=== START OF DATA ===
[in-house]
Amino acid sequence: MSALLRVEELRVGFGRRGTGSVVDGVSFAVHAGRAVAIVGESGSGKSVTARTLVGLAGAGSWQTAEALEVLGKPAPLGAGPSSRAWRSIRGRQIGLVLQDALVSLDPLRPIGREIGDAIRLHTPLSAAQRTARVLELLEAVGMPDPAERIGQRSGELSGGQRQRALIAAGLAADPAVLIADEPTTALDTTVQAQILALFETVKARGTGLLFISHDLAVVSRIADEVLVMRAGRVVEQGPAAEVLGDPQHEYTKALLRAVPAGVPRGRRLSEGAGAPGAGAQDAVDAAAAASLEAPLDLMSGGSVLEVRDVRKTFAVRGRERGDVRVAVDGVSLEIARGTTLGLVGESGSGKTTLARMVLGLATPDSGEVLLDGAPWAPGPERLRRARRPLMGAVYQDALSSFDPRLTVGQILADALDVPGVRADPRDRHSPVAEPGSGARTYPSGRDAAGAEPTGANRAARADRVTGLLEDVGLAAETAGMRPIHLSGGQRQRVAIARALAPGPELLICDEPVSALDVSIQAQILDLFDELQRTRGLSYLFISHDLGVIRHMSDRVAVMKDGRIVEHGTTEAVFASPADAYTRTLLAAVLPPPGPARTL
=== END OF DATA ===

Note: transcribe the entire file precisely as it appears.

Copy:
[in-house]
Amino acid sequence: MSALLRVEELRVGFGRRGTGSVVDGVSFAVHAGRAVAIVGESGSGKSVTARTLVGLAGAGSWQTAEALEVLGKPAPLGAGPSSRAWRSIRGRQIGLVLQDALVSLDPLRPIGREIGDAIRLHTPLSAAQRTARVLELLEAVGMPDPAERIGQRSGELSGGQRQRALIAAGLAADPAVLIADEPTTALDTTVQAQILALFETVKARGTGLLFISHDLAVVSRIADEVLVMRAGRVVEQGPAAEVLGDPQHEYTKALLRAVPAGVPRGRRLSEGAGAPGAGAQDAVDAAAAASLEAPLDLMSGGSVLEVRDVRKTFAVRGRERGDVRVAVDGVSLEIARGTTLGLVGESGSGKTTLARMVLGLATPDSGEVLLDGAPWAPGPERLRRARRPLMGAVYQDALSSFDPRLTVGQILADALDVPGVRADPRDRHSPVAEPGSGARTYPSGRDAAGAEPTGANRAARADRVTGLLEDVGLAAETAGMRPIHLSGGQRQRVAIARALAPGPELLICDEPVSALDVSIQAQILDLFDELQRTRGLSYLFISHDLGVIRHMSDRVAVMKDGRIVEHGTTEAVFASPADAYTRTLLAAVLPPPGPARTL